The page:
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Homeowners Insurance Basics

The homeowners insurance policy protects our most valuable asset; our home. The policy is designed to cover a wide variety of perils all packaged together into one policy. This homeowners policy is one of the most comprehensive property policies available to the insurance buying public. Many insurers offer a variety of different policy types. Two basic types are the named peril policy and the open peril policy. The named peril policy specifically names the perils that are covered in the policy while naming some common things that are excluded from being covered. The open peril policy names some common things that are excluded from coverage and covers most other events. The open peril policy is generally the better choice if it is available but often this policy is more expensive. Policies also generally offer either replacement cost or actual cash value coverage. Actual cash value or ACV means replacement cost minus depreciation. This means that depreciation applies when you settle the claim with your insurer. Replacement cost is simply what it would cost to replace without any depreciation. Replacement cost is the better choice if it is available. It is important to note that a homeowners insurance policy is not designed to be a home maintenance policy that will provide coverage for everything that goes wrong in the home. Maintenance is the responsibility of the homeowner and wear and tear is excluded on all policies. Homeowners insurance is designed to cover sudden and accidental events. Contact your agent to find out all of the specifics regarding your policy.

All states have different policy types that are approved for sale to the insurance buying public. Most will have these common coverages:

  • A. Dwelling - This is the amount of coverage afforded for the structure of your home. The value of the land is not part of this coverage.

  • B. Other Structures - This coverage applies to any structure located on the property that is separated from the dwelling by a clear space. The coverage amount afforded under this provision is often limited to 10% of the amount of coverage on the dwelling.

  • C. Personal Property or Contents- This coverage applies to almost all items within the home that are not attached to the dwelling. The coverage is often limited to 70 – 75% of the amount of coverage on the dwelling. Often there are limits on specific items within the home. For example, a special limit of coverage may apply for jewelry, silverware, computers, etc. An agent can provide you with the details.

  • D. Loss of Use - This coverage will pay for any additional living expenses that you might incur as a result of a covered loss. For example, if you have a fire in your home and are forced to live in a hotel until it is safe to return to the home, this provision will pay for the hotel. The limit on this coverage is often 20% of the amount of coverage on your dwelling.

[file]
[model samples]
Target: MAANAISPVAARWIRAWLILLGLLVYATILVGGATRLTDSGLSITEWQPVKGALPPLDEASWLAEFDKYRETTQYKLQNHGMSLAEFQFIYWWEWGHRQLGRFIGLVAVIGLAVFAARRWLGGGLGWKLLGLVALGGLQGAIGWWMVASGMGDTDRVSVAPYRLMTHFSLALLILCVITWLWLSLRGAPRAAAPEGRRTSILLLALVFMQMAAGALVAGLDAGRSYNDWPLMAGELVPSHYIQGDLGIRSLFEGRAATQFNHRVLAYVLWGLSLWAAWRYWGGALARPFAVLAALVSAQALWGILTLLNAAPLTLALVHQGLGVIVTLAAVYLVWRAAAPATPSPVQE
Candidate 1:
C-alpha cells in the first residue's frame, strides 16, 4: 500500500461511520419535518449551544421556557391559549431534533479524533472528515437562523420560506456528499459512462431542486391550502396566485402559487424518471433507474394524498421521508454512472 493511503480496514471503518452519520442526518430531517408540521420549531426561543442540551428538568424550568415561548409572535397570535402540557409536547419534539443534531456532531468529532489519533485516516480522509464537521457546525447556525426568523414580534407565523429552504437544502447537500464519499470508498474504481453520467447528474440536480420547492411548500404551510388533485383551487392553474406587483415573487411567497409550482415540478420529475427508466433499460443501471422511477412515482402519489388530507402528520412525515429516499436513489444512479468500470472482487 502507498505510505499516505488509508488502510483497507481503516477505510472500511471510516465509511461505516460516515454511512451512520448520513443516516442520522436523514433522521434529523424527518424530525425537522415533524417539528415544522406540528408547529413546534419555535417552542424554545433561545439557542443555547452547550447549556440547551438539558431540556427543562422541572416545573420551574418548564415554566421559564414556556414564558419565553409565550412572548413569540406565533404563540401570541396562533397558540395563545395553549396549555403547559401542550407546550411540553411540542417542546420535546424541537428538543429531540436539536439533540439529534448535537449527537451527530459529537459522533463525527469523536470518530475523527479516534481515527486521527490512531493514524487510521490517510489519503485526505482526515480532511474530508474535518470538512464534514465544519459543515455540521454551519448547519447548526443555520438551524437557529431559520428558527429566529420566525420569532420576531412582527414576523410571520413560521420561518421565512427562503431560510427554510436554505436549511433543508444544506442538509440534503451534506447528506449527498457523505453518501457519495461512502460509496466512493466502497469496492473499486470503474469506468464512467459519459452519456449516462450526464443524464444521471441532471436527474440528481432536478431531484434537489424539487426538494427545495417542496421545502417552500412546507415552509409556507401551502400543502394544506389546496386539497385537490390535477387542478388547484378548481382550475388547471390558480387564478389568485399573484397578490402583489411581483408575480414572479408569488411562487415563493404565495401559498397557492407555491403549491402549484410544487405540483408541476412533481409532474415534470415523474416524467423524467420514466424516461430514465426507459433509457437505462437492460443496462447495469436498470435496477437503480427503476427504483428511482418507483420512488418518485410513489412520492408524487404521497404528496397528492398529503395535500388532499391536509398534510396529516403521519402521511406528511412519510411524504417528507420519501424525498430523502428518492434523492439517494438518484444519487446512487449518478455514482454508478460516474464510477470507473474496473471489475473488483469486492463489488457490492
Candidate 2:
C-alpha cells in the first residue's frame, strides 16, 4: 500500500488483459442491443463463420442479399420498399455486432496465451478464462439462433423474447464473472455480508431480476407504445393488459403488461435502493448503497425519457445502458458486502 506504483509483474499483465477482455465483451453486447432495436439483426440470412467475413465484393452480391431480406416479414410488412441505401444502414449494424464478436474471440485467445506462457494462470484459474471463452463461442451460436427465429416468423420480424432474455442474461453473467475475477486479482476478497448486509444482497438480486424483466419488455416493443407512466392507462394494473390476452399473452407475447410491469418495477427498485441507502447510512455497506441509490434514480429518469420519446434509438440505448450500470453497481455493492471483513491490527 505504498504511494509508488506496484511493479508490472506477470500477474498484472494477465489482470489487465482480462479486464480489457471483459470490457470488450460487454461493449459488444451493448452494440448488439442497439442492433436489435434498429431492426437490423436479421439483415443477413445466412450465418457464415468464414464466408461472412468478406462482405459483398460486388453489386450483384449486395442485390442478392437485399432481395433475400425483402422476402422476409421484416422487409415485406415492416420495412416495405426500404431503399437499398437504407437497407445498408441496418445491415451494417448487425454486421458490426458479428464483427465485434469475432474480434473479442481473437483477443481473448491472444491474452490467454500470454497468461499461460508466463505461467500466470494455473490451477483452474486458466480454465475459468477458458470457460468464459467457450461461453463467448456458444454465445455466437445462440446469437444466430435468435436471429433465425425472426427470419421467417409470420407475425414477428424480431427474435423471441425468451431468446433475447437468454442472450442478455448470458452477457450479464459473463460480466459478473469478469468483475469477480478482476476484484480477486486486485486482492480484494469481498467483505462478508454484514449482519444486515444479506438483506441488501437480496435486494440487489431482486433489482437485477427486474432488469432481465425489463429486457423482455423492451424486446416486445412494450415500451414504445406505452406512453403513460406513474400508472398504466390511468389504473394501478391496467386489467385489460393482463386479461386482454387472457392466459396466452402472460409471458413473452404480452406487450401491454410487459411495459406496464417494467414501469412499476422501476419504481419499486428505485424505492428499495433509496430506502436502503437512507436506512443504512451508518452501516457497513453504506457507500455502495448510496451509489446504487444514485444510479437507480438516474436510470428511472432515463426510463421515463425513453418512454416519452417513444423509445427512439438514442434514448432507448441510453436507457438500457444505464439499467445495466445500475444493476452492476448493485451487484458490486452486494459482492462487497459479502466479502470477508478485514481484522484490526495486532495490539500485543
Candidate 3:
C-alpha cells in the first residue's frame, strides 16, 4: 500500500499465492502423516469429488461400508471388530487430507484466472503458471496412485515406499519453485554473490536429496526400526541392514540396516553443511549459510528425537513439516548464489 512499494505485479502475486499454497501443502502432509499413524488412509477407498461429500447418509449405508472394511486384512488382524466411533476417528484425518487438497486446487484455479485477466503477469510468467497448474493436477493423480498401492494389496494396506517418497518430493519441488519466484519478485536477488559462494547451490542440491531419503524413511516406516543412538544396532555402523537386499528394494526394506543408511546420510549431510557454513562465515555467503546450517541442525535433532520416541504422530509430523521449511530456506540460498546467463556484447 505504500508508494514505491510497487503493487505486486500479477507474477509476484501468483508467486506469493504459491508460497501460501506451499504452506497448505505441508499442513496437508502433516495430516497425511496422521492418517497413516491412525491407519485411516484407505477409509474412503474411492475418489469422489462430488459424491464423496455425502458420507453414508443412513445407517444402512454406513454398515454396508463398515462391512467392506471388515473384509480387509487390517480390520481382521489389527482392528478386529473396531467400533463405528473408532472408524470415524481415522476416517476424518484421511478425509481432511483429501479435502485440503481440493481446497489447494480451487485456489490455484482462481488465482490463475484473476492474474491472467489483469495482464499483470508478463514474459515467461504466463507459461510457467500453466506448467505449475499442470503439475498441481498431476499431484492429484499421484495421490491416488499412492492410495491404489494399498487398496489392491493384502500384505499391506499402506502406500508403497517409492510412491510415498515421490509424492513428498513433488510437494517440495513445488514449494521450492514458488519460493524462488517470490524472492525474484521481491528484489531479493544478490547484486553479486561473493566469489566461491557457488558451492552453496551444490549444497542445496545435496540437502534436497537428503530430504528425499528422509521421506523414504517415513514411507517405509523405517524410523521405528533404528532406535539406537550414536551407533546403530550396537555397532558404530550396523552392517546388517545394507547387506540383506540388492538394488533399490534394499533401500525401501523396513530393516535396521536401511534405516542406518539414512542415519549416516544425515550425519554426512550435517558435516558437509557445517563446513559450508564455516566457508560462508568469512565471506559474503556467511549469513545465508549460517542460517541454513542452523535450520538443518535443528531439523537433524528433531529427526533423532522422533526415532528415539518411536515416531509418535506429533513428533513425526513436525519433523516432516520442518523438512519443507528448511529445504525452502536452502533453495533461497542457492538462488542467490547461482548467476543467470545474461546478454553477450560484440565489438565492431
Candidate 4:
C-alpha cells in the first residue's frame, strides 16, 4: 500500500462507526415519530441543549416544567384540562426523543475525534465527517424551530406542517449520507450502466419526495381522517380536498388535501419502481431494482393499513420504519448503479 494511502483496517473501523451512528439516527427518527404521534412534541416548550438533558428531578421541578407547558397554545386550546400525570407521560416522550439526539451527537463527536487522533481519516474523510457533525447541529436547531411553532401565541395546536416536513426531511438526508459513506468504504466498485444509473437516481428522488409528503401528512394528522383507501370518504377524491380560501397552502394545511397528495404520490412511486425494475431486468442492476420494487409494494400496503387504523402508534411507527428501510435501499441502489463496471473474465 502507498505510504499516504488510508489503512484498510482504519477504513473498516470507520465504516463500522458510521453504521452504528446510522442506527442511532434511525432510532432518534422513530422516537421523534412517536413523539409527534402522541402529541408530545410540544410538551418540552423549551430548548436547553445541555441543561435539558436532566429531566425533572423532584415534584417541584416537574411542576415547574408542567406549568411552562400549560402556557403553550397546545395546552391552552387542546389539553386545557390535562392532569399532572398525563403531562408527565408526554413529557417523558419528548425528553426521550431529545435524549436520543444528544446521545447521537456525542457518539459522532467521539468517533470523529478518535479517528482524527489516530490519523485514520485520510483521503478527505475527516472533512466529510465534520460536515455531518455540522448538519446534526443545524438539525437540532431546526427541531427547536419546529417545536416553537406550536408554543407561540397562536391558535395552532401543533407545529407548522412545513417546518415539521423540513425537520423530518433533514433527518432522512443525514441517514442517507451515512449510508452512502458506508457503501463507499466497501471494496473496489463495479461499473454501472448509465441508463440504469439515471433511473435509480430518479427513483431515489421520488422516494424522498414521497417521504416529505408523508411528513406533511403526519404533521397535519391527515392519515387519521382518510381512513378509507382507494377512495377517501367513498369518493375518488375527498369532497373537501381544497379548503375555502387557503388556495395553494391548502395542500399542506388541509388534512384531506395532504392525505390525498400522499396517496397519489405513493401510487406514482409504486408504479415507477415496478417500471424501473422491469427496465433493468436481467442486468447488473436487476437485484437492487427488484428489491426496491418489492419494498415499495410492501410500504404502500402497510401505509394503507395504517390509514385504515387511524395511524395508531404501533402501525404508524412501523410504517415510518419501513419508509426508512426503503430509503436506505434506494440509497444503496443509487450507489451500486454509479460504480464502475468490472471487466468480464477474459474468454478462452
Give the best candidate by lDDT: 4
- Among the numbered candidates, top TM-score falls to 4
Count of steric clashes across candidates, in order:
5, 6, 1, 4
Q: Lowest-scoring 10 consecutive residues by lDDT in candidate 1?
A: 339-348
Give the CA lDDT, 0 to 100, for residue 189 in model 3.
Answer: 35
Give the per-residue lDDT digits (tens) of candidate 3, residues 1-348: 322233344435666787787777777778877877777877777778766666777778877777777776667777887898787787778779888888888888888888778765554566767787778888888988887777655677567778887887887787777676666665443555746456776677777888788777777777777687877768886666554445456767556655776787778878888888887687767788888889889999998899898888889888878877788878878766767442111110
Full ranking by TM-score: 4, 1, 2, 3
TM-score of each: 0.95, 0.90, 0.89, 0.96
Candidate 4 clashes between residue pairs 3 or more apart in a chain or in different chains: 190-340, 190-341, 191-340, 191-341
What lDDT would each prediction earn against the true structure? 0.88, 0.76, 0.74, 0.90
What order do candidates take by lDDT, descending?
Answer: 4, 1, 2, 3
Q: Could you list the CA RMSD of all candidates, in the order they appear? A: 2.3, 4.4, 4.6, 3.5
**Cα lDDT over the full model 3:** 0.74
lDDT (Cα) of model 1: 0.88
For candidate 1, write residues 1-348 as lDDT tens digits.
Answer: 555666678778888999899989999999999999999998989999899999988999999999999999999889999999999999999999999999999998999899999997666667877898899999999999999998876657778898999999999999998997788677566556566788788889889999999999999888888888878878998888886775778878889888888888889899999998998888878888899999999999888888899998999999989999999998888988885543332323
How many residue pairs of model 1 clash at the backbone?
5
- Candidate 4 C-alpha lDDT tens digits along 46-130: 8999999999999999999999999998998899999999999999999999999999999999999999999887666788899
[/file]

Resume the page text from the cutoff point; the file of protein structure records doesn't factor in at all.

• E. Liability  - This section of the policy will pay for a legal liability judgment against the insured for a third party person(s) who was injured while on your property. This is a broad coverage that can sometimes apply for acts away from the property itself. An example of when this coverage would apply might be that if a person walking by slipped and fell on the sidewalk in front of your house, was injured and filed a lawsuit seeking a monetary reward for those injuries. This coverage would not only pay the monetary reward if the lawsuit was successful but would also pay for the legal defense (legal fees). Typical limits for this coverage are $100,000 to $500,000.
  • F.  Medical  - This coverage will pay medical bills for a third party person(s) that is injured while on your property. This coverage does not provide coverage for the insured or spouse or any resident relative. Typical coverage limits found in this section are $1000, $2500 or $5000. 


    Here is a sample of how the coverage limits might look on a typical policy:

       A. 100,000      Dwelling

       B.  10,000       Other Structures

       C.  70,000       Contents

       D.  20,000       Loss of Use

       E. 300,000       Liability

       F.     1,000       Medical

Homeowners insurance costs have increased dramatically in the last few years due to many unpredictable catastrophic weather events. Insurers are in the business of managing risk which involves having methods that allow them to predict the probability of future claims and then base premiums at levels that will allow them to be profitable. When weather starts to become unpredictable, as it has in the past few years, losses mount and the companies must pay the claims and ultimately premiums rise. This is common in any business. The property insurance industry is now in the process of re-evaluating their respective books of business and implementing risk management policies ranging from raising premiums to not offering polices in some areas at all. The goal is to maintain profitability so that they can continue to be in the business.

It has never been more important to have a qualified agent to handle your homeowners’ insurance needs. Call one today.

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